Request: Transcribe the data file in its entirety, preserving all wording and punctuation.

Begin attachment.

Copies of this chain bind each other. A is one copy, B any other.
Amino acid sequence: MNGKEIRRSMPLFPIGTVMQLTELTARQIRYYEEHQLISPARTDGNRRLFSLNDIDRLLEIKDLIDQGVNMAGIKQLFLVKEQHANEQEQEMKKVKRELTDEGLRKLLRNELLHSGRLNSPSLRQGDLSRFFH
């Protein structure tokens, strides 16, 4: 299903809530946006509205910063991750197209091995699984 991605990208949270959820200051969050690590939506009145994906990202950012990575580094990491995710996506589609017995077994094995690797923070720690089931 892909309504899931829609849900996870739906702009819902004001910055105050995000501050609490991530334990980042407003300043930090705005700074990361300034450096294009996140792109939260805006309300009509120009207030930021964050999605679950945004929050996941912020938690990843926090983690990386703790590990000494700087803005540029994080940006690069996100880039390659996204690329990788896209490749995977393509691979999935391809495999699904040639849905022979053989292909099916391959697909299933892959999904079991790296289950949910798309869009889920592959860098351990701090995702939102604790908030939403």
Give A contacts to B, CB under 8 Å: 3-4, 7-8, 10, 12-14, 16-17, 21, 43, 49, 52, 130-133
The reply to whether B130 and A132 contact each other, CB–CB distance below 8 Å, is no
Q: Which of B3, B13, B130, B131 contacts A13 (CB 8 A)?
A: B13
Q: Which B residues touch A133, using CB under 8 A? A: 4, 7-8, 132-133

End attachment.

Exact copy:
Copies of this chain bind each other. A is one copy, B any other.
Amino acid sequence: MNGKEIRRSMPLFPIGTVMQLTELTARQIRYYEEHQLISPARTDGNRRLFSLNDIDRLLEIKDLIDQGVNMAGIKQLFLVKEQHANEQEQEMKKVKRELTDEGLRKLLRNELLHSGRLNSPSLRQGDLSRFFH
């Protein structure tokens, strides 16, 4: 299903809530946006509205910063991750197209091995699984 991605990208949270959820200051969050690590939506009145994906990202950012990575580094990491995710996506589609017995077994094995690797923070720690089931 892909309504899931829609849900996870739906702009819902004001910055105050995000501050609490991530334990980042407003300043930090705005700074990361300034450096294009996140792109939260805006309300009509120009207030930021964050999605679950945004929050996941912020938690990843926090983690990386703790590990000494700087803005540029994080940006690069996100880039390659996204690329990788896209490749995977393509691979999935391809495999699904040639849905022979053989292909099916391959697909299933892959999904079991790296289950949910798309869009889920592959860098351990701090995702939102604790908030939403």
Give A contacts to B, CB under 8 Å: 3-4, 7-8, 10, 12-14, 16-17, 21, 43, 49, 52, 130-133
The reply to whether B130 and A132 contact each other, CB–CB distance below 8 Å, is no
Q: Which of B3, B13, B130, B131 contacts A13 (CB 8 A)?
A: B13
Q: Which B residues touch A133, using CB under 8 A? A: 4, 7-8, 132-133